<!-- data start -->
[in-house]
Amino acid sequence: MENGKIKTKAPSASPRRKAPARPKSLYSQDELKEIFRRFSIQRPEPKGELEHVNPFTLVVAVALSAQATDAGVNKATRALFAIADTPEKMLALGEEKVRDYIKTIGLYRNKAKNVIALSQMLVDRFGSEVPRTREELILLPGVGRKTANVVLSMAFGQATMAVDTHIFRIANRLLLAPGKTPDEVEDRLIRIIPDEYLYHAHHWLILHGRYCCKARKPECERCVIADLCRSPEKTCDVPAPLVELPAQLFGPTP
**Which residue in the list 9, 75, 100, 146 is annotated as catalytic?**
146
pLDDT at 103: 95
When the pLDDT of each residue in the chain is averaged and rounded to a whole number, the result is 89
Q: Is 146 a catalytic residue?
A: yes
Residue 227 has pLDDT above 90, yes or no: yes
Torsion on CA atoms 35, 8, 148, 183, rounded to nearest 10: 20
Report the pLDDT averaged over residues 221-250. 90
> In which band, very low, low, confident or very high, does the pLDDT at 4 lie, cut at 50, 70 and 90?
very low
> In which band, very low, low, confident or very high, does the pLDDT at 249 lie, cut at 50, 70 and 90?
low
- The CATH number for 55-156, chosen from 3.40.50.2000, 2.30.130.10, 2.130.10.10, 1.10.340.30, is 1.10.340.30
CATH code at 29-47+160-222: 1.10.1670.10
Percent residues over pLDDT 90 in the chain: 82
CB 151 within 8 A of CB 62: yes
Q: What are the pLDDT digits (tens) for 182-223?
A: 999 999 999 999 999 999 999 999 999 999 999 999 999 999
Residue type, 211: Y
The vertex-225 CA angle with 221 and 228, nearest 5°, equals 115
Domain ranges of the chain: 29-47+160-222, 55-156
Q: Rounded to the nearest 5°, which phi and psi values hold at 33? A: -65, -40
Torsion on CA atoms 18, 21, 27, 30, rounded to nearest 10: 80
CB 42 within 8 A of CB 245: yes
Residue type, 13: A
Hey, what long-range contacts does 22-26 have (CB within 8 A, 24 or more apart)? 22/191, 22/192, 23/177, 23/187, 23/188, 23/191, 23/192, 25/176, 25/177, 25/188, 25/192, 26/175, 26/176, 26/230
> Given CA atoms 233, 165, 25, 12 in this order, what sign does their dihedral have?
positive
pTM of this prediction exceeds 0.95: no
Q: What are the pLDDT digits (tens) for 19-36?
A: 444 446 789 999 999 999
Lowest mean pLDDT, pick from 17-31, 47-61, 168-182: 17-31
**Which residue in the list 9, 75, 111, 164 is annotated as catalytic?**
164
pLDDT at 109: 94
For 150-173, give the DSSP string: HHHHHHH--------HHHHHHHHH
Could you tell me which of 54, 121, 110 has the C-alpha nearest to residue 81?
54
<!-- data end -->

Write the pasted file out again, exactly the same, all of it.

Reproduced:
[in-house]
Amino acid sequence: MENGKIKTKAPSASPRRKAPARPKSLYSQDELKEIFRRFSIQRPEPKGELEHVNPFTLVVAVALSAQATDAGVNKATRALFAIADTPEKMLALGEEKVRDYIKTIGLYRNKAKNVIALSQMLVDRFGSEVPRTREELILLPGVGRKTANVVLSMAFGQATMAVDTHIFRIANRLLLAPGKTPDEVEDRLIRIIPDEYLYHAHHWLILHGRYCCKARKPECERCVIADLCRSPEKTCDVPAPLVELPAQLFGPTP
**Which residue in the list 9, 75, 100, 146 is annotated as catalytic?**
146
pLDDT at 103: 95
When the pLDDT of each residue in the chain is averaged and rounded to a whole number, the result is 89
Q: Is 146 a catalytic residue?
A: yes
Residue 227 has pLDDT above 90, yes or no: yes
Torsion on CA atoms 35, 8, 148, 183, rounded to nearest 10: 20
Report the pLDDT averaged over residues 221-250. 90
> In which band, very low, low, confident or very high, does the pLDDT at 4 lie, cut at 50, 70 and 90?
very low
> In which band, very low, low, confident or very high, does the pLDDT at 249 lie, cut at 50, 70 and 90?
low
- The CATH number for 55-156, chosen from 3.40.50.2000, 2.30.130.10, 2.130.10.10, 1.10.340.30, is 1.10.340.30
CATH code at 29-47+160-222: 1.10.1670.10
Percent residues over pLDDT 90 in the chain: 82
CB 151 within 8 A of CB 62: yes
Q: What are the pLDDT digits (tens) for 182-223?
A: 999 999 999 999 999 999 999 999 999 999 999 999 999 999
Residue type, 211: Y
The vertex-225 CA angle with 221 and 228, nearest 5°, equals 115
Domain ranges of the chain: 29-47+160-222, 55-156
Q: Rounded to the nearest 5°, which phi and psi values hold at 33? A: -65, -40
Torsion on CA atoms 18, 21, 27, 30, rounded to nearest 10: 80
CB 42 within 8 A of CB 245: yes
Residue type, 13: A
Hey, what long-range contacts does 22-26 have (CB within 8 A, 24 or more apart)? 22/191, 22/192, 23/177, 23/187, 23/188, 23/191, 23/192, 25/176, 25/177, 25/188, 25/192, 26/175, 26/176, 26/230
> Given CA atoms 233, 165, 25, 12 in this order, what sign does their dihedral have?
positive
pTM of this prediction exceeds 0.95: no
Q: What are the pLDDT digits (tens) for 19-36?
A: 444 446 789 999 999 999
Lowest mean pLDDT, pick from 17-31, 47-61, 168-182: 17-31
**Which residue in the list 9, 75, 111, 164 is annotated as catalytic?**
164
pLDDT at 109: 94
For 150-173, give the DSSP string: HHHHHHH--------HHHHHHHHH
Could you tell me which of 54, 121, 110 has the C-alpha nearest to residue 81?
54